Improving the Well-Being of Displaced People in the Northeast with Ethical Data By. Olufunke Fayehun

One of the critical issues resulting from the Bokoharam insurgency in northeast Nigeria is the internally displaced persons (IDP) crisis. The UN Refugee Agency (UNHCR) reported that more than 2.9 million people were displaced in the northeast in December 2021.

IDPs in the region move from place to place in search of safety, with some experiencing multiple displacements due to the convergence of conflicts. There is death and displacement as well as the loss of livelihoods and existential support systems. They often experience human rights violations and have many unmet needs with more negative effects on vulnerable groups such as women, children and people with disabilities.

In partnership with the global community, the Nigerian government has supported IDPs by building camps, providing food, evacuating insurgency victims from terrorist locations and signing the Kampala Convention to protect IDPs, among others. While many humanitarian and diplomatic interventions in Nigeria focus on livelihoods, the situation is rapidly moving towards the resettlement and reintegration of displaced people. This change, by necessity, necessitates a critical assessment of data processing protocols in the context of humanitarianism and displacement in Nigeria, as data is essential for practical understanding and improving humanitarian protection systems.

Unfortunately, the data process needed to deliver effective and sustainable assistance to displaced people in northeastern Nigeria is lacking. Reliable and valid humanitarian data are essential for designing and implementing practical and sustainable interventions. This humanitarian data must be collected responsibly and ethically.

The need to collect humanitarian data using ethical standards is at the center of our research project with the Data and Displacement Research Team at the University of Warwick, UK and the University of Ibadan , Nigeria (www.warwick.ac.uk/datadisplacement). This project, led by Professor Vicki Squire, is funded by the UK Arts and Humanities Research Council and the Foreign, Commonwealth and Development Office (AHRCFCDO). The research involved 50 displaced people in five camps in Maiduguri, Borno State and 20 stakeholders and practitioners from 2021 to 2022. We explore this question in more detail in our report titled Humanitarian Crises and Internally Displaced People. Nigeria: A Situation Analysis (Olufunke Fayehun and Olayinka Akanle 2022).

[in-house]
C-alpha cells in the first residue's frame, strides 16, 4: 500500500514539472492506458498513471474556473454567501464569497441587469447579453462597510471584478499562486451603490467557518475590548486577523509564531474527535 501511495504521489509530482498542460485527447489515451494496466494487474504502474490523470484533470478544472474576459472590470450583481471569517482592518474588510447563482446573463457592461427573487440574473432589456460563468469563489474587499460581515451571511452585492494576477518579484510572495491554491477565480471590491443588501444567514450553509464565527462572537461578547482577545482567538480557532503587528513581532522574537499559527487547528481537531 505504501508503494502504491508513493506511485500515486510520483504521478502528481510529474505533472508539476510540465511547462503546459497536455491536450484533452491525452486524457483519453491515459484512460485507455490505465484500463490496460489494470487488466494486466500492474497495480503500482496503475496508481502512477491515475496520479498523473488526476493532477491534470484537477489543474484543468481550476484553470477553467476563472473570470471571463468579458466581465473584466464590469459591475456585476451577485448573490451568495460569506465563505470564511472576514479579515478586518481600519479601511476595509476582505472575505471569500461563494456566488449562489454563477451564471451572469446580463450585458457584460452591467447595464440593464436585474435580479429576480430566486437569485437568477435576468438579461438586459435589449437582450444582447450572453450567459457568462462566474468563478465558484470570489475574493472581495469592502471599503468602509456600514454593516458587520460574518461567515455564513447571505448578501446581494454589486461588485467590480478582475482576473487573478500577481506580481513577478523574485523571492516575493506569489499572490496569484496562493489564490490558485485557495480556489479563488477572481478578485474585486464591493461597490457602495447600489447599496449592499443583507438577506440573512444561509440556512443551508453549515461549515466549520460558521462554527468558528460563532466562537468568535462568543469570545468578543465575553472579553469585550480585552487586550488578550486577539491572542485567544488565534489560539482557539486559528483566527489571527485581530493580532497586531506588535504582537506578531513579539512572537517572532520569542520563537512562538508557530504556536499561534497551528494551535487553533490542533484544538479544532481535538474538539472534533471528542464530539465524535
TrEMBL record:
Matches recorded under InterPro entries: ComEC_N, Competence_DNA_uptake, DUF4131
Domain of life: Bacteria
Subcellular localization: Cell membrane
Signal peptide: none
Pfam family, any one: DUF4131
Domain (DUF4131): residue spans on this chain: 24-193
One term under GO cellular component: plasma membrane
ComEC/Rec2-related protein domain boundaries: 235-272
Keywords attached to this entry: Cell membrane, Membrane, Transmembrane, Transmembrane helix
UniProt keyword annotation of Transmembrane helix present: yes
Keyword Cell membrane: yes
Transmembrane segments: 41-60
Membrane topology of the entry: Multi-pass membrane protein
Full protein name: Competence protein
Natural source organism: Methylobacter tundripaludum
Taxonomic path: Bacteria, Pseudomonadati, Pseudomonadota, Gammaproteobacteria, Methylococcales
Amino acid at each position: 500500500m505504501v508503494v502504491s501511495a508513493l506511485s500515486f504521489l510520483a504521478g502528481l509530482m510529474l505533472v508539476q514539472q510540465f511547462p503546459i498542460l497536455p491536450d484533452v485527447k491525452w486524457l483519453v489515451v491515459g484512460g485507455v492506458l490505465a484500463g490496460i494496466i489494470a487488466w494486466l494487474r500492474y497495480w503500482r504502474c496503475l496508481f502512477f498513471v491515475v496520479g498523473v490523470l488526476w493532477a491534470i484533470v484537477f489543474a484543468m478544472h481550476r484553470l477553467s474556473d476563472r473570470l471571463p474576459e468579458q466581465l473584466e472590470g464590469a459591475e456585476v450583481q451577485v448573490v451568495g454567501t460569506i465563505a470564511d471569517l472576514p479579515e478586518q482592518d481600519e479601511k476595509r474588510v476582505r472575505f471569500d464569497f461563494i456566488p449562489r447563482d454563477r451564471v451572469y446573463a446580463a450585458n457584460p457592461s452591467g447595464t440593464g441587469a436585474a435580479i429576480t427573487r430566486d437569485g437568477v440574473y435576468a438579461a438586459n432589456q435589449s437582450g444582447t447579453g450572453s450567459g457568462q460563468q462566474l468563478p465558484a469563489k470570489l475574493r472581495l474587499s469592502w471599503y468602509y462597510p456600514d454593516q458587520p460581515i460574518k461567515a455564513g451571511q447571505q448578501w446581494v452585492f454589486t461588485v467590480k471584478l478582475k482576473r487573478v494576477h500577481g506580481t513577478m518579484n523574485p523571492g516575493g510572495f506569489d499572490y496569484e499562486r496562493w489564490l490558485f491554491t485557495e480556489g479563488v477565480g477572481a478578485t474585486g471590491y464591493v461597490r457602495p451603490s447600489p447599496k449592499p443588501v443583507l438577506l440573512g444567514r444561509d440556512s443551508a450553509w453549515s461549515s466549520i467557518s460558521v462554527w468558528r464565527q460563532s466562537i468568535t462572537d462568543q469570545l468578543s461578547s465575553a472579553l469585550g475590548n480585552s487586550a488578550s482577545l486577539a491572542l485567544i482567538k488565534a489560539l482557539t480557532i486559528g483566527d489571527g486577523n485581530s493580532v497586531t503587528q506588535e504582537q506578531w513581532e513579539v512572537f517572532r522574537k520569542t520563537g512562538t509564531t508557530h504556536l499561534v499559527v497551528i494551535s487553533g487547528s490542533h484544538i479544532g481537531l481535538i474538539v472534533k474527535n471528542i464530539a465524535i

Our work so far shows that the humanitarian data process in North East Nigeria faces several challenges. First, gaps in personnel, technology, and infrastructure affect the consistency of data storage and processing processes. Databases exist but are distributed among divergent institutions and actors, generating problems of reliability and systematization. Second, there are procedural and administrative barriers to defining vulnerability. These have created significant irregularities in the classifications and identifications of the most vulnerable IDPs in the camps. Third, engagement with IDP communities has been a challenge. In other words, data collectors fail to effectively engage affected IDP communities in the production and use of data. Displaced people said they had at one time or another given their data to different organisations, but did not know what the data collected was used for or why it was requested. Fourth, and most crucial, is the challenge of inconsistent or limited enforcement of ethical systems in the collection, storage, sharing and use of data. Full disclosure and understanding of information by IDPs often seems to be overlooked in data collection.

How to improve the living conditions of internally displaced people in north-eastern Nigeria? We need to improve technological and infrastructural facilities. Rigorous capacity building should be pursued inside and outside the camps to support performance in data collection, storage and use. We also need to advance understanding and build consensus around the multiple vulnerabilities in IDP camps. At the heart of it all is the need to appreciate the need for ethical, data-driven humanitarian practice for efficiency, effectiveness and sustainability. This process should involve a commitment to improving literacy and access to data on IDPs as well as strengthening and institutionalizing systems and ethical values ​​in collecting data from IDPs in camps and urban settings.
Ethical data collection and management processes are key to improving sustainable humanitarian assistance to displaced populations. The Nigerian government and key stakeholders in the humanitarian corridors should review and implement appropriate policies to improve the living conditions of displaced people. Additionally, collecting ethical qualitative data can ensure an understanding of the social context in which they live. Through this, we can know how displaced populations move, the challenges they face, and adequately plan for the unintended consequences that such movement may bring.

In addition, the processing of humanitarian data must respect ethical principles such as humanity (consider their suffering and guarantee their dignity), neutrality (data collectors must not be politically motivated), impartiality (it must not there be no bias based on gender, religion, ethnicity or age) and independence (humanitarian organizations accessing this data must be free from social, political, economic and military issues that impede their services in if necessary).
Safe, ethical and effective management of humanitarian data will ensure that issues uncovered by data will drive evidence-based interventions. Adhering to and committing to a responsible and ethical humanitarian data process will improve the lives of displaced people in North East Nigeria.

Dr. Fayehun is an Associate Professor in the Department of Sociology, University of Ibadan